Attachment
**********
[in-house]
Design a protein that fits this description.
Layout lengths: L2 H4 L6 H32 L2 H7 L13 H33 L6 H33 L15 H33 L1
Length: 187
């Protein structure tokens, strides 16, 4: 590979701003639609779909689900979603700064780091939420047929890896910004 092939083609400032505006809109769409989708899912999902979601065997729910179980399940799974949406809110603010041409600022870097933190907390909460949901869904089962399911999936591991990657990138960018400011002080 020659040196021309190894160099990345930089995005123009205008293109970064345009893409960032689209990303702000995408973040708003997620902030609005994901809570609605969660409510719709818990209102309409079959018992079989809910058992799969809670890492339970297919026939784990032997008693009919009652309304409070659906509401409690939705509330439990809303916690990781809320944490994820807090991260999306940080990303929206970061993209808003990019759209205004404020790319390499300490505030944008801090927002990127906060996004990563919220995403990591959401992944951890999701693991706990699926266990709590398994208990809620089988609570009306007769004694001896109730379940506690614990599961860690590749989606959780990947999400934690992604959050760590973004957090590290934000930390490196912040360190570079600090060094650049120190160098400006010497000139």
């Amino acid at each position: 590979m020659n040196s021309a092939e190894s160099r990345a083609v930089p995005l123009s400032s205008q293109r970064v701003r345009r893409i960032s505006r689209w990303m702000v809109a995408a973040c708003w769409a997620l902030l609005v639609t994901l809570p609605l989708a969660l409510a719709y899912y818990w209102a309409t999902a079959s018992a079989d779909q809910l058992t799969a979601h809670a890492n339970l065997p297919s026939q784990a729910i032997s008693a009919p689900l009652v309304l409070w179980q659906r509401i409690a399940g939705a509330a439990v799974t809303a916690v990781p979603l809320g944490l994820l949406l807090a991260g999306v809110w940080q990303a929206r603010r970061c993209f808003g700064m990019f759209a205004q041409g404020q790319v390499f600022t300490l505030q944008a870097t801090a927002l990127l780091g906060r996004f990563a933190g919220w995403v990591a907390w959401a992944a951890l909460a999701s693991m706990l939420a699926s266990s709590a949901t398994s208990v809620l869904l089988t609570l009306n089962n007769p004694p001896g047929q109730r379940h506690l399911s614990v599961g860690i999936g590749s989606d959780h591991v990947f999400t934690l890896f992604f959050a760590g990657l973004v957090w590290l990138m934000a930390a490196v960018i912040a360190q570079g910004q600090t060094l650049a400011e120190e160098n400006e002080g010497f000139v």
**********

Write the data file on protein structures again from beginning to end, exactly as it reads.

[in-house]
Design a protein that fits this description.
Layout lengths: L2 H4 L6 H32 L2 H7 L13 H33 L6 H33 L15 H33 L1
Length: 187
């Protein structure tokens, strides 16, 4: 590979701003639609779909689900979603700064780091939420047929890896910004 092939083609400032505006809109769409989708899912999902979601065997729910179980399940799974949406809110603010041409600022870097933190907390909460949901869904089962399911999936591991990657990138960018400011002080 020659040196021309190894160099990345930089995005123009205008293109970064345009893409960032689209990303702000995408973040708003997620902030609005994901809570609605969660409510719709818990209102309409079959018992079989809910058992799969809670890492339970297919026939784990032997008693009919009652309304409070659906509401409690939705509330439990809303916690990781809320944490994820807090991260999306940080990303929206970061993209808003990019759209205004404020790319390499300490505030944008801090927002990127906060996004990563919220995403990591959401992944951890999701693991706990699926266990709590398994208990809620089988609570009306007769004694001896109730379940506690614990599961860690590749989606959780990947999400934690992604959050760590973004957090590290934000930390490196912040360190570079600090060094650049120190160098400006010497000139």
């Amino acid at each position: 590979m020659n040196s021309a092939e190894s160099r990345a083609v930089p995005l123009s400032s205008q293109r970064v701003r345009r893409i960032s505006r689209w990303m702000v809109a995408a973040c708003w769409a997620l902030l609005v639609t994901l809570p609605l989708a969660l409510a719709y899912y818990w209102a309409t999902a079959s018992a079989d779909q809910l058992t799969a979601h809670a890492n339970l065997p297919s026939q784990a729910i032997s008693a009919p689900l009652v309304l409070w179980q659906r509401i409690a399940g939705a509330a439990v799974t809303a916690v990781p979603l809320g944490l994820l949406l807090a991260g999306v809110w940080q990303a929206r603010r970061c993209f808003g700064m990019f759209a205004q041409g404020q790319v390499f600022t300490l505030q944008a870097t801090a927002l990127l780091g906060r996004f990563a933190g919220w995403v990591a907390w959401a992944a951890l909460a999701s693991m706990l939420a699926s266990s709590a949901t398994s208990v809620l869904l089988t609570l009306n089962n007769p004694p001896g047929q109730r379940h506690l399911s614990v599961g860690i999936g590749s989606d959780h591991v990947f999400t934690l890896f992604f959050a760590g990657l973004v957090w590290l990138m934000a930390a490196v960018i912040a360190q570079g910004q600090t060094l650049a400011e120190e160098n400006e002080g010497f000139v």